What's the value of holding an event? This is a question often asked of events organisers and planners. For attendees at Singapore MICE Forum 2018, the panel session on Value Creation vs Value Capture for Communities, Associations and Networks drew a large audience at The Arts House on July 24.
Finding the right answer for stakeholders begins by identifying the objectives. From there, we define the value that is desired, and it can be tied to ROI or ROO, but value means different things to different people and different organisations. So, what does value mean and what is the difference between creating value and capturing value?
"We create value by understanding objectives and developing an event, an incentive programme or a meeting that our client wants. We deliver this value by fulfilling our objectives, whether it is monetary or otherwise," shared panellist Mary Casey, senior vice president, sales & marketing, Maritz Travel.
For Anna Ratal, head, Slush Singapore, "Value capture is ultimately about a tangible outcome that results in an action or concrete takeaway. Was there a deal that was signed? Was there media coverage that resulted from the event? Was there a change in strategy that resulted in organisational improvements? These are the different kinds of value that are meaningful."
From an association perspective, Alessandro Cortease, CEO, European Society for Radiotherapy and Oncology had this to say: "We have two layers to value creation: the benefits we offer to our customers, and the translation of these benefits into an outcome for the good of the society." Cortease emphasised that it is important to first create the value that you want to capture.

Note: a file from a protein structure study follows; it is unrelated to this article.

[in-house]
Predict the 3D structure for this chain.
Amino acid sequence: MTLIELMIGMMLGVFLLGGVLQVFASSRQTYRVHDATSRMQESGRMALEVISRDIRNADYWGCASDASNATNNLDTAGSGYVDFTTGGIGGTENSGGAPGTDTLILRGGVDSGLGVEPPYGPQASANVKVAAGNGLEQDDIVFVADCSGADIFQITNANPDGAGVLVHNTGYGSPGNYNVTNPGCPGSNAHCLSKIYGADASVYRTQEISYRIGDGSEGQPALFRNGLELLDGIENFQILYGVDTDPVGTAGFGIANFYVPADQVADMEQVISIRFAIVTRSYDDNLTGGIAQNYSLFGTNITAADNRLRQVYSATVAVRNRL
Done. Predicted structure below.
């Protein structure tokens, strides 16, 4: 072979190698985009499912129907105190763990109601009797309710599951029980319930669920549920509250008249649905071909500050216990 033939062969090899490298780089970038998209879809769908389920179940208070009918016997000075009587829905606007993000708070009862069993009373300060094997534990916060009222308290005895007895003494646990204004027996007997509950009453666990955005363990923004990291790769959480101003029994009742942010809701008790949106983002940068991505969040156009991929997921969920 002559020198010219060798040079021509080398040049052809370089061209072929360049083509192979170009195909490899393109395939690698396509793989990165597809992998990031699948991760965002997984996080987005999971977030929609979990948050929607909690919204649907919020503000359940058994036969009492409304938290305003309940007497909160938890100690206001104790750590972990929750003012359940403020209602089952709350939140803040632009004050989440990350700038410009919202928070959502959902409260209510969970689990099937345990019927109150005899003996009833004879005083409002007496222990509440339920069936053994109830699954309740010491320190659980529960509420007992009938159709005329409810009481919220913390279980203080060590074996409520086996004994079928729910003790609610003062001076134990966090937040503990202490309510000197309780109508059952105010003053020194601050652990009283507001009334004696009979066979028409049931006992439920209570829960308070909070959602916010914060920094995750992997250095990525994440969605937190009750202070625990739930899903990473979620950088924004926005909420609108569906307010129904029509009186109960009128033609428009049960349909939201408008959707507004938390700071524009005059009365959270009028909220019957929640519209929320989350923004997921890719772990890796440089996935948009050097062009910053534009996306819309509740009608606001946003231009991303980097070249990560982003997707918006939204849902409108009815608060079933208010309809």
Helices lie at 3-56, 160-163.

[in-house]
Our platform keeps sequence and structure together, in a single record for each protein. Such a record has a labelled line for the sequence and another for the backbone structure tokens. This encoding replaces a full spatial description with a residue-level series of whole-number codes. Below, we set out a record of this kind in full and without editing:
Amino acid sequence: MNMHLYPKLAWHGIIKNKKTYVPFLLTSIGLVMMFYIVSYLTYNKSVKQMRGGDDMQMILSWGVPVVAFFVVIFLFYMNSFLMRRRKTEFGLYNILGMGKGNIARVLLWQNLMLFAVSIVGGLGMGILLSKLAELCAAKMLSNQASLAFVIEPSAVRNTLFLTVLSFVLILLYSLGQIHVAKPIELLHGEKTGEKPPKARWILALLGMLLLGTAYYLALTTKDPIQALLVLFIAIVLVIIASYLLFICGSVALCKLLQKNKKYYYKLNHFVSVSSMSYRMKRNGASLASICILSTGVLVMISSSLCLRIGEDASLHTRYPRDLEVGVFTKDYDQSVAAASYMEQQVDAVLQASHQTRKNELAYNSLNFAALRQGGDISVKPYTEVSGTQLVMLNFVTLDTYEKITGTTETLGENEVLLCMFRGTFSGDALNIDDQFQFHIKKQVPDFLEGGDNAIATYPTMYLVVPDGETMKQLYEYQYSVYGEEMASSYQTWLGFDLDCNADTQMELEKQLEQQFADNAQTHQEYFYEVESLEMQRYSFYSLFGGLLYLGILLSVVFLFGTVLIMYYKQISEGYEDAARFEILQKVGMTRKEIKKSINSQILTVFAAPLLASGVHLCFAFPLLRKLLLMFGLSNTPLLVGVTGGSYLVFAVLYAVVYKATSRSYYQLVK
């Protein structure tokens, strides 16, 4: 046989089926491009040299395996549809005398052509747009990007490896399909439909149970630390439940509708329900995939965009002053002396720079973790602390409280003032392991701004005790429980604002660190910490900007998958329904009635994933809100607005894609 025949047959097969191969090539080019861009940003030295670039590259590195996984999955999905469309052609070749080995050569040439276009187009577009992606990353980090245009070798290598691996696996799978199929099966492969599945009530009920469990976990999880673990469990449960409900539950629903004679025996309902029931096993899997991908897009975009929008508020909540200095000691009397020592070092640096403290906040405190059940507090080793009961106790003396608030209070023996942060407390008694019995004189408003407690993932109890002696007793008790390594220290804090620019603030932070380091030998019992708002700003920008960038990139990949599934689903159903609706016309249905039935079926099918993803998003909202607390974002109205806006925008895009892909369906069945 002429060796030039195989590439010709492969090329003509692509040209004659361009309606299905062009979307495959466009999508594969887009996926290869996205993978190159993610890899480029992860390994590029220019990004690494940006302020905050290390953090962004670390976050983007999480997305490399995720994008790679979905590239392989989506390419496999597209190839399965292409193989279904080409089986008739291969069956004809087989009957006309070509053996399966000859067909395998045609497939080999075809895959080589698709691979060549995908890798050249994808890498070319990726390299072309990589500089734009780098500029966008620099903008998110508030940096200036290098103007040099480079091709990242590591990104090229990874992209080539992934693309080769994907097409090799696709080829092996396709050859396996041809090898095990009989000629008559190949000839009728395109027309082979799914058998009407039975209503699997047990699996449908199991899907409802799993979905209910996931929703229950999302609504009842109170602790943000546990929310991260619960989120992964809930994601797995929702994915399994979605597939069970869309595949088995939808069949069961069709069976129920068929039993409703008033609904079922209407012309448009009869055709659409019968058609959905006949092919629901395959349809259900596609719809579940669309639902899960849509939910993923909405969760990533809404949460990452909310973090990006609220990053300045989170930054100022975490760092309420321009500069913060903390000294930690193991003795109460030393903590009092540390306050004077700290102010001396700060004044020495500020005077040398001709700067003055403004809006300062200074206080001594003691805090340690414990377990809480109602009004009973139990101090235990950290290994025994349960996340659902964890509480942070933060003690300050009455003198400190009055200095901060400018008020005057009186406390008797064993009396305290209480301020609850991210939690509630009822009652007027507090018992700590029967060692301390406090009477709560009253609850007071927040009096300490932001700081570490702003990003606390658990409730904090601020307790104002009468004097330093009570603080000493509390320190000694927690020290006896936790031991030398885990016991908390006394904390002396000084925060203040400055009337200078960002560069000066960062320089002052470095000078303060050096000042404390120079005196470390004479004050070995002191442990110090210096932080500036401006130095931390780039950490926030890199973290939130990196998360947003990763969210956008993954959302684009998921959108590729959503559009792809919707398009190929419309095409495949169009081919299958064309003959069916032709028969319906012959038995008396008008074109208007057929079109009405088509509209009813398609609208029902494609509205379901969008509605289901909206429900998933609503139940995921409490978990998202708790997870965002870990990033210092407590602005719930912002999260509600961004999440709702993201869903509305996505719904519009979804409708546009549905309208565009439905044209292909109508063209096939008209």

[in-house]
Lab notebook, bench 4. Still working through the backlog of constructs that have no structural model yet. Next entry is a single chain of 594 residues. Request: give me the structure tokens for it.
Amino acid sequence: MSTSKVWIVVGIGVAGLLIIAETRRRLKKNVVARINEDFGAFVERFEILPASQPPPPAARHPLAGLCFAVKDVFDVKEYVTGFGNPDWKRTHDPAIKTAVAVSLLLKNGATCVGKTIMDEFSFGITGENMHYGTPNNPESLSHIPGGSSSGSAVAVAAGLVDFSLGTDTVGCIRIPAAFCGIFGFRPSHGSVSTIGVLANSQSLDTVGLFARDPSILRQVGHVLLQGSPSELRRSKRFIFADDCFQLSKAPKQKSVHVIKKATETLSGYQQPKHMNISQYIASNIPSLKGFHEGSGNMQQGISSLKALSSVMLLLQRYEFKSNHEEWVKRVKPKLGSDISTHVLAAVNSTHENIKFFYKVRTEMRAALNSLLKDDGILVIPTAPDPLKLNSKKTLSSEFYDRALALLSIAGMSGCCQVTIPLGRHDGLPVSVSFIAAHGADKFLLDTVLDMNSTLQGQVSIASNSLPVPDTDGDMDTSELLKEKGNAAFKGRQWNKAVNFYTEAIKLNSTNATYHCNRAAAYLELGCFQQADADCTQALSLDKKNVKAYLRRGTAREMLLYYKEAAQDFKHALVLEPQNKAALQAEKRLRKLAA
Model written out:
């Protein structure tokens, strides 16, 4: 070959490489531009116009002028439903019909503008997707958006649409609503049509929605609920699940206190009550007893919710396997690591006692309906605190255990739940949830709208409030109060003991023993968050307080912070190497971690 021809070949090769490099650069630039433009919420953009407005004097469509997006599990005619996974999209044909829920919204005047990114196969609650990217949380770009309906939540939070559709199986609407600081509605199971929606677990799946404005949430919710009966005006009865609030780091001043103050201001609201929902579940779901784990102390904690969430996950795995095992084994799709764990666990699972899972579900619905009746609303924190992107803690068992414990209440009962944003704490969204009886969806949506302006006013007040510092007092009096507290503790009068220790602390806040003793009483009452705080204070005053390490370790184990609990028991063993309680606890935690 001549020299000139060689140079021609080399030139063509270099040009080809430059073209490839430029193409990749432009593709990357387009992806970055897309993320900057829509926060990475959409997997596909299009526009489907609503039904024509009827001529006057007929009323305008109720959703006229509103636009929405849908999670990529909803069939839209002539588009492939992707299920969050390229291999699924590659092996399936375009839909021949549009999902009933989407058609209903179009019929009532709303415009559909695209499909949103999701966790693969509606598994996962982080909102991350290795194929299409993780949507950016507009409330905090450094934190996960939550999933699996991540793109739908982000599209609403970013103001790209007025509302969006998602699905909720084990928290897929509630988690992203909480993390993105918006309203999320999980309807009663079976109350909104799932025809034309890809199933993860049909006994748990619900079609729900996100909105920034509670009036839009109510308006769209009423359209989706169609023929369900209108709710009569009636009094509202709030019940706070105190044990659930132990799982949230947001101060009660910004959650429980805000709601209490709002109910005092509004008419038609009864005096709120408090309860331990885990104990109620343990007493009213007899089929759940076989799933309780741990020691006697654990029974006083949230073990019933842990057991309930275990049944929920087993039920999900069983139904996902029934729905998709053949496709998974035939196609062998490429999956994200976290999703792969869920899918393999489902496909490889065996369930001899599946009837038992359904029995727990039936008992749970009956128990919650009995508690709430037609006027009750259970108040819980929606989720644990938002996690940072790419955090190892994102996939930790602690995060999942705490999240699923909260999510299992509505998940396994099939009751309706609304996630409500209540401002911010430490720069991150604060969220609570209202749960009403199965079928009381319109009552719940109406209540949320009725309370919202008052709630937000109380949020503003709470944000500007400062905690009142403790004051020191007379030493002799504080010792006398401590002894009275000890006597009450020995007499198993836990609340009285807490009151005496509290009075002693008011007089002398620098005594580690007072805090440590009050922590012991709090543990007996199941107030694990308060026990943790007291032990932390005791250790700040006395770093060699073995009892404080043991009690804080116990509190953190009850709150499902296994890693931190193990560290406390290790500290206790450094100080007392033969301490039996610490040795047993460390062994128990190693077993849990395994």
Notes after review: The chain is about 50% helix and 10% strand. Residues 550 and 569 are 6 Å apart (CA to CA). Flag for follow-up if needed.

An attendee from Nanyang Polytechnic raised the question: "How does one monetise from the value creation and value capture?"
"What we do right from the beginning with our clients is to sit down with our clients and to go through a design experience process to identify objectives and how they want to measure it. So, as we design the event, we design the outcome. Sometimes it's monetary. Sometimes, there are other metrics," said Casey.
Nancy Tan, founder and MD, Ace:Daytons Direct, who organises medical conferences added: "Value creation for medical delegates differ even among countries, and of course, it is also different for exhibitors. The ways in which we engage the medical community is through gamification, awards, lucky draws and such. It is important to engage everyone, and that cannot be done with just one homogenous approach."
There was a general concurrence that value is not always about dollars and cents, but about the personal take-aways that matter. For SMF attendees, the value is about gaining insights. For exhibitors, the value is about the number of transactions. Likewise, for sponsors, partners and other stakeholders, value creation must be meaningful and contribute to a positive outcome.